[4]. See Errol Meidinger, Beyond Westphalia: Competitive Legalization in Emerging Transnational Regulatory Systems, in Law and Legalization in Transnational Relations, supra note 2, at 121, 121.

[5]. See generally Larry Catá Backer, Essay: Considering a Treaty on Corporations and Human Rights: Mostly Failures but with a Glimmer of Success (Aug. 28, 2015) (unpublished essay) (describing how treaty negotiations are affected by changing power dynamics of globalization), available at


[6]. See generally Larry Catá Backer, Essay: Considering a Treaty on Corporations and Human Rights: Mostly Failures but with a Glimmer of Success (Aug. 28, 2015) (unpublished essay) (describing how treaty negotiations are affected by changing power dynamics of globalization), available at


[7]. See, e.g., Mara Theophila, Note, “Moral Monsters” Under the Bed: Holding Corporations Accountable for Violations of the Alien Tort Statute After Kiobel v. Royal Dutch Petroleum Co., 79 Fordham L. Rev. 2859 (2011) (examining whether international or domestic law should control a court's determination in Alien Tort Statute cases); David L. Sloss, Kiobel and Extraterritoriality: A Rule Without a Rationale, 28 Md. J. Int'l L. 241 (2013) (discussing the different international and domestic rationales for judicial decisions applying the presumption against extraterritoriality); Roger P. Alford, Human Rights After Kiobel: Choice of Law and the Rise of Transnational Tort Litigation, 63 Emory L.J. 1089 (2014) (reframing human rights violations as international wrongs resolved through transnational tort litigation).

[8]. See, e.g., Simon Deakin & Richard Hobbs, False Dawn for CSR? Shifts in Regulatory Policy and the Response of the Corporate and Financial Sectors in Britain, 15 Corp. Governance 68 (2007) (presenting a reflexive model of corporate social responsibility in Britain); Charis Kamphuis, Canadian Mining Companies and Domestic Law Reform: A Critical Legal Account, 13 German L.J. 1459 (2012) (offering a legal account of mining law reform efforts in Canada); Ruben Zandvliet, Corporate Social Responsibility Reporting in the European Union: Towards a More Univocal Framework, 18 Colum. J. Eur. L. F. 38 (2011) (examining the legal framework for corporate social responsibility in the European Union).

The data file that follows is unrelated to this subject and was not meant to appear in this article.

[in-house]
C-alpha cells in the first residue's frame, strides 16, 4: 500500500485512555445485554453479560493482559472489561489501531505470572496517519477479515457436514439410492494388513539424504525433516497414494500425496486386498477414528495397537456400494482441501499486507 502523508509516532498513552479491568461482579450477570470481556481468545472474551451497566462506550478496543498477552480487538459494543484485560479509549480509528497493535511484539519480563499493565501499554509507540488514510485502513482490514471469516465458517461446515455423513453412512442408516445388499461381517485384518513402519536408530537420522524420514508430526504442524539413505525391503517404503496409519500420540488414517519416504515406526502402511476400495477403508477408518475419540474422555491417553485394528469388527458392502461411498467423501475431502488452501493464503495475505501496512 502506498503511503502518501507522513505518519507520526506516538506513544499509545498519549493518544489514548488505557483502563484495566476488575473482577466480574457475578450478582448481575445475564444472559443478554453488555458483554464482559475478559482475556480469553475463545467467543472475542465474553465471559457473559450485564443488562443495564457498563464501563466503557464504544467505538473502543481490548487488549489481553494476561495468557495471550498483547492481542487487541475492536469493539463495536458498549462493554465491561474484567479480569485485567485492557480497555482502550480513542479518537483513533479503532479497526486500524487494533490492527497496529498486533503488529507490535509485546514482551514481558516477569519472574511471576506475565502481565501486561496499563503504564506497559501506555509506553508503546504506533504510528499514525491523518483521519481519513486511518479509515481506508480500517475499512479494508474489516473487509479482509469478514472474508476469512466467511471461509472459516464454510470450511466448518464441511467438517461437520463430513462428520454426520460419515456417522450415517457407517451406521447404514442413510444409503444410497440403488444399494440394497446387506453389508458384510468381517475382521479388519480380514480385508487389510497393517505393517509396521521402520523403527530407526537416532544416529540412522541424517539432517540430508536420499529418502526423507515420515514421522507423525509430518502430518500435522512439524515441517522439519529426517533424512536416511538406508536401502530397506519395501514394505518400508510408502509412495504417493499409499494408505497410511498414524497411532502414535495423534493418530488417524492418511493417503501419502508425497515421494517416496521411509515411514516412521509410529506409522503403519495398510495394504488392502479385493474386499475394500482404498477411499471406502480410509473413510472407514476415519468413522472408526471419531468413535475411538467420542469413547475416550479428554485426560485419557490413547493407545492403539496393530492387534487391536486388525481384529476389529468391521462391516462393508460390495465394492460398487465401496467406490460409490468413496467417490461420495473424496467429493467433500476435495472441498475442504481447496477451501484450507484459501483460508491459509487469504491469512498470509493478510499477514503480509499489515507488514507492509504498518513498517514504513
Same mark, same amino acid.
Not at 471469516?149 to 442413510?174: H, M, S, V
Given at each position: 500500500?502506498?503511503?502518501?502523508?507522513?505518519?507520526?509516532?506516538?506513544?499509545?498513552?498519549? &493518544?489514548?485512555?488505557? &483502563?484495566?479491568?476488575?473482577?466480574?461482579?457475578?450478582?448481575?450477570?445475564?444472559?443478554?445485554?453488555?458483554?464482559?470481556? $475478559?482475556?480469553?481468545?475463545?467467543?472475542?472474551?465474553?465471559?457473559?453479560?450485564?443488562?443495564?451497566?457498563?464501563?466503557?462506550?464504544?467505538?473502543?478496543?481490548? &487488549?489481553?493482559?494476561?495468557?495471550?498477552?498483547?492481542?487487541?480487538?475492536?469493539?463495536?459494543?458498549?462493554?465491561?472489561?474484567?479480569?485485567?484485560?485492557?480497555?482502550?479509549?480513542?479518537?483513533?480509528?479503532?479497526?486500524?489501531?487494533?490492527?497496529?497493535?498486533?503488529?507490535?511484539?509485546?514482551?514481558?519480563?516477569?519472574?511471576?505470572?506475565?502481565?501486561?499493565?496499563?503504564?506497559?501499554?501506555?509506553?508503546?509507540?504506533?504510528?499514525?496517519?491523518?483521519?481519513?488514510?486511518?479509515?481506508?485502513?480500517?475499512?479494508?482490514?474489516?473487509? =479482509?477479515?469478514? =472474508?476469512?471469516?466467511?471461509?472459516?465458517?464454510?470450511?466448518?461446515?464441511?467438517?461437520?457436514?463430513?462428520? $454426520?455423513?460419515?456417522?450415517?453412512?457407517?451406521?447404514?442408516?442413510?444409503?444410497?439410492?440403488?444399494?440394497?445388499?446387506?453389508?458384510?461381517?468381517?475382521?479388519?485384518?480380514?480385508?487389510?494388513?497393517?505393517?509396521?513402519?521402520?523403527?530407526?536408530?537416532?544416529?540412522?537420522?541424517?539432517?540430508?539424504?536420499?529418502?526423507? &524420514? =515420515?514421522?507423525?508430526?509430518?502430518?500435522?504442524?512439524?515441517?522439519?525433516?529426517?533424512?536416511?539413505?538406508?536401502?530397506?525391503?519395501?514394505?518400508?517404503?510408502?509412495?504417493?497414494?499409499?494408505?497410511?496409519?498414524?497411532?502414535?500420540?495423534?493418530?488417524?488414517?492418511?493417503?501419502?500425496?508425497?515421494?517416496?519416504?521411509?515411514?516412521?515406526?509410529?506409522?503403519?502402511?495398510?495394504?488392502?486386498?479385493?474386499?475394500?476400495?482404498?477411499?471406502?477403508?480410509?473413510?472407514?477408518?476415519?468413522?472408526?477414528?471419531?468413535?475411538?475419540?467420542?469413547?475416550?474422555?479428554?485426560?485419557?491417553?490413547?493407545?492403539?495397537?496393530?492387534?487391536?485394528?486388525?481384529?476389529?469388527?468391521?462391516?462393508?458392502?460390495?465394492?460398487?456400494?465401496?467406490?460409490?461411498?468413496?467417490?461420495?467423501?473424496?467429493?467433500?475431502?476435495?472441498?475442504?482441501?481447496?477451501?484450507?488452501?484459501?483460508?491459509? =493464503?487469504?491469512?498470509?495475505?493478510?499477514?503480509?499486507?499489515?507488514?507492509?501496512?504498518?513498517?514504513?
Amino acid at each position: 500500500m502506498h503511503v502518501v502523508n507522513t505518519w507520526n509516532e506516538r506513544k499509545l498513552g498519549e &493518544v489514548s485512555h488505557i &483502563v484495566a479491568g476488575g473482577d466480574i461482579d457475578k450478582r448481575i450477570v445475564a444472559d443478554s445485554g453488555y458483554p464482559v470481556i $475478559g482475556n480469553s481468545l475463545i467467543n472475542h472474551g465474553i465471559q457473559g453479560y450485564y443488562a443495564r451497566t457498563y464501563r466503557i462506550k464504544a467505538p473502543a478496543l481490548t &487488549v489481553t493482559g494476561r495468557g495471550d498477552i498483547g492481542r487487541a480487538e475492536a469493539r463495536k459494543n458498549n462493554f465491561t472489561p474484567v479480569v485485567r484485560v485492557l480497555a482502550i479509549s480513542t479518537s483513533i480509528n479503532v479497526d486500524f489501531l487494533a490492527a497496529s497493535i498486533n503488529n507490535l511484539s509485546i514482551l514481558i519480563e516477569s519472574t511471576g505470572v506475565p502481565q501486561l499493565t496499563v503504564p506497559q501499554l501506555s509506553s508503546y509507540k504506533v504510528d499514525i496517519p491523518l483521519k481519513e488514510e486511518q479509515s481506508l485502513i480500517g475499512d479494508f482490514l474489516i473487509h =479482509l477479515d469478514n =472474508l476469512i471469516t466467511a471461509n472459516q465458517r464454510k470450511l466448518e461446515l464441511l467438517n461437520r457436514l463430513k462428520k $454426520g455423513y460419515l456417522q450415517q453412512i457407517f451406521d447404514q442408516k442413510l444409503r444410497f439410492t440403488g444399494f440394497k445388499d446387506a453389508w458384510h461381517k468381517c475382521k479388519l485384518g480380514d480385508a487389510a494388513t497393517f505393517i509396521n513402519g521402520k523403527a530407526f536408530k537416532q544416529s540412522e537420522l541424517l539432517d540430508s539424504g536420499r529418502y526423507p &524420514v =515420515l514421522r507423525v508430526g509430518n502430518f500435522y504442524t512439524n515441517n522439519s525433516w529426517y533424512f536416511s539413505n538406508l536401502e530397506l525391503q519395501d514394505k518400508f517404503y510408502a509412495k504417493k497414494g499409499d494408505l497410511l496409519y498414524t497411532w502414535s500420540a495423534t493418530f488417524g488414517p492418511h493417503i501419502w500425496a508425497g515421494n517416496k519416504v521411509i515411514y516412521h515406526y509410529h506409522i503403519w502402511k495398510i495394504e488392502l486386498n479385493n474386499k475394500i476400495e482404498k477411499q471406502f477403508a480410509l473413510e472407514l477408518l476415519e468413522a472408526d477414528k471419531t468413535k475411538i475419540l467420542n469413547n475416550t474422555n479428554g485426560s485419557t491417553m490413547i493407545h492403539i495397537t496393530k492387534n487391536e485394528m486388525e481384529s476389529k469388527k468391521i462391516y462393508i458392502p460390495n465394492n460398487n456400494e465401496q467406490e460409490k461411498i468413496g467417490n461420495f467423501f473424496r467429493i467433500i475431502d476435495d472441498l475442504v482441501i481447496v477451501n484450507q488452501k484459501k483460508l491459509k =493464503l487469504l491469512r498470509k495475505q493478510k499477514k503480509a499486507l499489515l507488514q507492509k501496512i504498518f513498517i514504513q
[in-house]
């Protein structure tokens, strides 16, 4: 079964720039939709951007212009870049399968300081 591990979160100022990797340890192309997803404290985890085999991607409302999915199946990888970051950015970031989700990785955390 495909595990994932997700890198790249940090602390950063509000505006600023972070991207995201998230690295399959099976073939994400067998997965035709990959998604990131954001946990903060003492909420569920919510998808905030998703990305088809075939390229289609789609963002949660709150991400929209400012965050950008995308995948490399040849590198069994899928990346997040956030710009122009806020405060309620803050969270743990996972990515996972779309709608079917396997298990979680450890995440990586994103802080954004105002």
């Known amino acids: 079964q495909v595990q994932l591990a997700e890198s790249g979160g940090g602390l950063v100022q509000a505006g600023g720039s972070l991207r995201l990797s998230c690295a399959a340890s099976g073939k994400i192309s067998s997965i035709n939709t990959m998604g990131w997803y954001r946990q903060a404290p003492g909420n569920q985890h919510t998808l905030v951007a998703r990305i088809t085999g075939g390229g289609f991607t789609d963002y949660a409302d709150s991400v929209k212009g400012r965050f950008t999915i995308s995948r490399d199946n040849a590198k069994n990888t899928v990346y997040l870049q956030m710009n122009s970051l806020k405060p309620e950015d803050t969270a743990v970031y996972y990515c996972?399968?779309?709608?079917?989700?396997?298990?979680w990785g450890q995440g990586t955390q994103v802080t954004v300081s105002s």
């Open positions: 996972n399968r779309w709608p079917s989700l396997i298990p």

[9]. See, e.g., Karin Buhmann, Corporate Social Responsibility: What Role for Law? Some Aspects of Law and CSR, 6(2) Corp. Governance 188, 188 (2006).

[10]. See, e.g., Andreas Rühmkorf, Corporate Social Responsibility, Private Law and Global Supply Chains (2015).

[11]. Anna Beckers, Enforcing Corporate Social Responsibility Codes: On Global Self-Regulation and National Private Law (2015).

[12]. See generally David Von Drehle, Triangle: The Fire that Changed America (2003) (describing the devastating 1911 fire that destroyed the Triangle Shirtwaist factory in New York's Greenwich Village).

[13]. See generally Larry Catá Backer, Are Supply Chains Transnational Legal Orders?: What We Can Learn from the Rana Plaza Factory Building Collapse, 1(1) U.C. Irvine J. of Int’l, Transnat’l, & Comp. L. (forthcoming 2016) (recounting the 2013 collapse of the Rana Plaza, an eight-story commercial building, in Bangladesh).

[14]. See Erik Sans, WWI Centennial: “The War to End All Wars, Menmtal Floss (Aug. 16, 20914 (available (“For this is now a war for peace. It aims straight at disarmament. It aims at a settlement that shall stop this sort of thing for ever. Every soldier who fights against Germany now is a crusader against war.” Quoting H.G. Wells, The War that Will End War, The Daily News (Aug. 14, 1914)). In a similar way one sees each of the victims of enterprise human rights abuses as a crusader against impunity in corporate irresponsibility in the human rights wrongs that are a aconseqeunce of their operations. See generally, Basak Cali, International Law for International Relations 57 (2010).